The figures released this morning also reveal that diesel cars appear to be out of favour, with diesels accounting for 47.7% of all new car registrations – a drop of 0.8% compared to their market share in 2015.  They still sold record numbers overall, however, and Hawes says he doesn’t think this decrease is necessarily down to Dieselgate.

“Supermini and mini [city] car segments are growing,” he said, “and these are usually powered by petrol engines. People are buying more smaller cars and that could explain why we’ve seen a drop in the popularity of diesel.”

He also credited investment in alternatively-fuelled cars and a growing interest in new technology for the drop in diesel car sales.

UK car sales up 3.3% post Brexit vote

UK car market booms despite Brexit vote

UK car sales up 3.3% post Brexit vote

The number of new cars registered in the UK in August increased by 3.3% compared to the same time last year, according to figures released this morning by the Society of Motor Manufacturers and Traders (SMMT).

On the face of it, that suggests the automotive sector hasn’t been hit by the UK’s decision to leave the EU – but the number of private customers buying new cars is down by 0.2%. The demand for diesels also took a minor 0.2% knock.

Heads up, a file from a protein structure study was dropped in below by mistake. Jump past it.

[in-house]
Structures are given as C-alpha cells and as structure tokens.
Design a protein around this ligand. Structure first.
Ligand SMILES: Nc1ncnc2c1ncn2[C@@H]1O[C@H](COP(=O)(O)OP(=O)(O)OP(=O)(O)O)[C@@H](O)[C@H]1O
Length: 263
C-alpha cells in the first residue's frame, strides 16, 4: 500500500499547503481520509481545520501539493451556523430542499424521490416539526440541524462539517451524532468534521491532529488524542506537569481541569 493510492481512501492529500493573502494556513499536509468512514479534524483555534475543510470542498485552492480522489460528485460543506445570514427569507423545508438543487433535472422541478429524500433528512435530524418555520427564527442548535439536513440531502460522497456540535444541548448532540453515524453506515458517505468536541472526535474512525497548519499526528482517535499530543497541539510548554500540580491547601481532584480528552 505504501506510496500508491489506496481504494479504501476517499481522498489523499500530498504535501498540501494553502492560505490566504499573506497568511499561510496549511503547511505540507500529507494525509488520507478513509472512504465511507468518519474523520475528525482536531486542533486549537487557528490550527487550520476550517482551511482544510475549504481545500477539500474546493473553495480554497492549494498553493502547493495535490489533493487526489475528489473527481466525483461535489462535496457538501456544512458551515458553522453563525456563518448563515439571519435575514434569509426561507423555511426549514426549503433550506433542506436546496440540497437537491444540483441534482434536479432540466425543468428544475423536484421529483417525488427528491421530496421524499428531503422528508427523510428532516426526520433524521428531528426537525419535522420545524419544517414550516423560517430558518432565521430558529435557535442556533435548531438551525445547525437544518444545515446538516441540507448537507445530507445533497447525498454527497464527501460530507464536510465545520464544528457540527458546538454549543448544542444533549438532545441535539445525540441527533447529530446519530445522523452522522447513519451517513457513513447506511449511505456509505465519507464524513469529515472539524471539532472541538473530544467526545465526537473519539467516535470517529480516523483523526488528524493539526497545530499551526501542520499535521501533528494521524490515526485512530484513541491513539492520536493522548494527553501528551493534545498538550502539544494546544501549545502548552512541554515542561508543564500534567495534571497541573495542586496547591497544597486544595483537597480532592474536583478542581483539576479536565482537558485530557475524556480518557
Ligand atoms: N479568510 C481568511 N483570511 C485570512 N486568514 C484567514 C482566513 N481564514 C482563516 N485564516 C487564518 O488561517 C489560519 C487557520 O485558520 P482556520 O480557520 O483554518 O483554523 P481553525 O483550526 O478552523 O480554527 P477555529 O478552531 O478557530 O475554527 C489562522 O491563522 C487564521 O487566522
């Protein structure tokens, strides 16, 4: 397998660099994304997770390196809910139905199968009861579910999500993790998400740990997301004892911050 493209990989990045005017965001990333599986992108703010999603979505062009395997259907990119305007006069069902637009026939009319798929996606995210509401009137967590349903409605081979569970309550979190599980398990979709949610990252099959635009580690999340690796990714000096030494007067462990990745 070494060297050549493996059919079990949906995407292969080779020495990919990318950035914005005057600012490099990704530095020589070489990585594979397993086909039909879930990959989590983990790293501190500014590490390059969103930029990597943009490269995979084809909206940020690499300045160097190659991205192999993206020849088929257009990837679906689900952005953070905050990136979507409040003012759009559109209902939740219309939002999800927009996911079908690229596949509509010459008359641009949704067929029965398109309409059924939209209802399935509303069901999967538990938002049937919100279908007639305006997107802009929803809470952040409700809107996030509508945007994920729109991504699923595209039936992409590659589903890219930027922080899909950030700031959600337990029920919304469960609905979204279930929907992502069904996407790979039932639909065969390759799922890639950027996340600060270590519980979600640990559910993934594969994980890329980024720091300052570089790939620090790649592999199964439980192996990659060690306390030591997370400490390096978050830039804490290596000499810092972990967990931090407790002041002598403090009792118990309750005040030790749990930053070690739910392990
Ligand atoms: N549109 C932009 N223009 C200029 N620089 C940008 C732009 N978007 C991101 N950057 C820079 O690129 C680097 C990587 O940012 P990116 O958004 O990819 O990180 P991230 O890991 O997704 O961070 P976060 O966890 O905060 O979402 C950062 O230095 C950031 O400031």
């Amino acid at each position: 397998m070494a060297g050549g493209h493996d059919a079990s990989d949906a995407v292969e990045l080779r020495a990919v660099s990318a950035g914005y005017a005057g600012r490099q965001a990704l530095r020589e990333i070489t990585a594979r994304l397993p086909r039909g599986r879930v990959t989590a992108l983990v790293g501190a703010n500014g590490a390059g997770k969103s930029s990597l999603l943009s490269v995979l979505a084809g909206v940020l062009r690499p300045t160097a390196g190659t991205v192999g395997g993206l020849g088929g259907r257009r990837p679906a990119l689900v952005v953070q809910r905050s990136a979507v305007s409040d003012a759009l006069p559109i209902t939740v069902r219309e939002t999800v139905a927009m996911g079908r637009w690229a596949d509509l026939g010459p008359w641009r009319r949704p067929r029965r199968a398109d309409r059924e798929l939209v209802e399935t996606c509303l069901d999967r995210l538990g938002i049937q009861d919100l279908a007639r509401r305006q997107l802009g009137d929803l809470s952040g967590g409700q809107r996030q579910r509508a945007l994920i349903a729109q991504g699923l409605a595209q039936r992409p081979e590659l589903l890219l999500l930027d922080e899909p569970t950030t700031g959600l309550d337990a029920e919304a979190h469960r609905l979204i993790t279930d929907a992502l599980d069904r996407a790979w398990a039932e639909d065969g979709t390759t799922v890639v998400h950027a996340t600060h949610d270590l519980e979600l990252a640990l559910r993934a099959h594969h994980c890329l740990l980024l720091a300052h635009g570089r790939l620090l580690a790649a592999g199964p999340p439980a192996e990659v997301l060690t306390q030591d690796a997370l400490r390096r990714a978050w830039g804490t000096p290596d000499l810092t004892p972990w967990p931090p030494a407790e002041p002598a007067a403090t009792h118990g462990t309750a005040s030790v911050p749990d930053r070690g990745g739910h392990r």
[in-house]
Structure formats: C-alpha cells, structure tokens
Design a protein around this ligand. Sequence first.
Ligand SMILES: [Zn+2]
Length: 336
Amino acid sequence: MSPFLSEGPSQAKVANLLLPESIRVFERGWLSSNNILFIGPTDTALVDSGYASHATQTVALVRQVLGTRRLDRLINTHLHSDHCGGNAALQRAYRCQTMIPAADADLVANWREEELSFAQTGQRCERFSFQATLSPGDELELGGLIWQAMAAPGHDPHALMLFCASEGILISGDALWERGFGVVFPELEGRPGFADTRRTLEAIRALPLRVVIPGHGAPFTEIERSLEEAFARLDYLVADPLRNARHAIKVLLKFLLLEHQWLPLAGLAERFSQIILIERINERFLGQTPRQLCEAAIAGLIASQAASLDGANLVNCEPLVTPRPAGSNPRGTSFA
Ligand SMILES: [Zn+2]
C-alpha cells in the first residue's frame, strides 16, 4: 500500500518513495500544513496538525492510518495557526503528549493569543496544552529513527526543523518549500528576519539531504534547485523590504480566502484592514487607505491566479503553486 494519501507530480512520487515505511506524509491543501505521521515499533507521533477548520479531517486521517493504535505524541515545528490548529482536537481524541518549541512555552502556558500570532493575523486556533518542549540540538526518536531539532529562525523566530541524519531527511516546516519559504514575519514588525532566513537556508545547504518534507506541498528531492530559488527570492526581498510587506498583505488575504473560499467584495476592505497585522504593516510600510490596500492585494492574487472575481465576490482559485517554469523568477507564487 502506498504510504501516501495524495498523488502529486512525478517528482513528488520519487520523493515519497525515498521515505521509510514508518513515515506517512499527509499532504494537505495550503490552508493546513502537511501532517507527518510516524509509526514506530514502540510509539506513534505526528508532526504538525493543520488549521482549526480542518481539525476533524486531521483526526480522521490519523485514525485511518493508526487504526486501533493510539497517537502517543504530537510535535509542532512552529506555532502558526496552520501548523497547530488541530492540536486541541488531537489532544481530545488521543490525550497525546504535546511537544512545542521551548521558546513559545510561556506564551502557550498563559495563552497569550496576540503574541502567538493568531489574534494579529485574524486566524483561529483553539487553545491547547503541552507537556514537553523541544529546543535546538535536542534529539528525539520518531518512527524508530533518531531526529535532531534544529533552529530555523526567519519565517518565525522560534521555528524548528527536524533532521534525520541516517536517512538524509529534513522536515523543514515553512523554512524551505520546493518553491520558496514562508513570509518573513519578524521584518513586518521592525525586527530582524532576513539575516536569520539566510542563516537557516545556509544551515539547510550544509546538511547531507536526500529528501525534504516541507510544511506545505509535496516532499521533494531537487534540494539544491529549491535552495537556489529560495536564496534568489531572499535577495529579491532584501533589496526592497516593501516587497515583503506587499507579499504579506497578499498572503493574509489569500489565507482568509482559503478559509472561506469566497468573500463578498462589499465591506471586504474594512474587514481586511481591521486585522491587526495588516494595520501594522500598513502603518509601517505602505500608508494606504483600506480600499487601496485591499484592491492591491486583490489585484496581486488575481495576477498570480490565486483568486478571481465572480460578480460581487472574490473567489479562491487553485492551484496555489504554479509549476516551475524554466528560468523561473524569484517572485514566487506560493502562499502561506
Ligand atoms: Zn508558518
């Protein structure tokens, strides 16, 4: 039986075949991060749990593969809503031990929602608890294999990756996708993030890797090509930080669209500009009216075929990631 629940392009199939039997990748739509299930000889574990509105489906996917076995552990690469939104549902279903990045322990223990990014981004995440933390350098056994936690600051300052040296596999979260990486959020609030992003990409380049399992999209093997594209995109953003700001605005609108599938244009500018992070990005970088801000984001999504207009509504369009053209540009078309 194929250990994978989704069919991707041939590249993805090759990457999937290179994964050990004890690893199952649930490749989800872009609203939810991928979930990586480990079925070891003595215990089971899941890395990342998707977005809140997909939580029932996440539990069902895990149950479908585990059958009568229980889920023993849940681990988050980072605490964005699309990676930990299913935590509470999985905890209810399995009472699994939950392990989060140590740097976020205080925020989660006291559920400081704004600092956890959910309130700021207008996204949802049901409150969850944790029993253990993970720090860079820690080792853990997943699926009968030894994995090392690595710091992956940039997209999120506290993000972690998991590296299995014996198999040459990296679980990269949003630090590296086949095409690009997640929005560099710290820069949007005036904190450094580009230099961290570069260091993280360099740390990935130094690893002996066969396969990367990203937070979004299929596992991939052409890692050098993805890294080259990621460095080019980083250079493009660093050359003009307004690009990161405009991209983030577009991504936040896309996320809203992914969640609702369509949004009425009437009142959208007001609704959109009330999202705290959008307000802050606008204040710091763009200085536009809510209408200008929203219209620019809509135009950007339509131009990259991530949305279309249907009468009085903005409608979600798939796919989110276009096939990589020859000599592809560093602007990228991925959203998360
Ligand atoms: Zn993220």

While these figures are marginal – any decrease in a year of steady growth is of interest. So far, more than 1.68 million cars have been registered in the UK in 2016 – up 2.8% compared to this time last year.

SMMT chief executive, Mike Hawes said: “August is traditionally one of the quietest months as consumers look ahead to the September plate change, so growth, albeit small, is good news.

“With showrooms full of exciting models featuring the very latest technology and a raft of affordable finance options, it still makes economic sense to consider buying a new car. The key to maintaining this strong market is consumer confidence for which we look to government to deliver the conditions for economic growth.”

Alternatively-fuelled vehicles (such as hybrid and electric cars) saw significant growth of 30.8% in August. Almost 54,000 have been registered so far in 2016, compared with just over 44,000 in the entirety of last year.

The market has been buoyed by the fleet sector, which saw new car registrations increase by 7.7% to 43,267 last month. So far in 2016, fleet accounts for 51% of all registrations.

August’s best-selling cars

  1. Ford Fiesta: 4,547
  2. Ford Focus: 2,519
  3. Vauxhall Corsa: 2,393
  4. Vauxhall Astra: 1,931
  5. Volkswagen Golf: 1,855
  6. Volkswagen Polo: 1,765
  7. Vauxhall Mokka: 1,762
  8. Kia Sportage: 1,540
  9. Ford Kuga: 1,515
  10. Nissan Qashqai: 1,491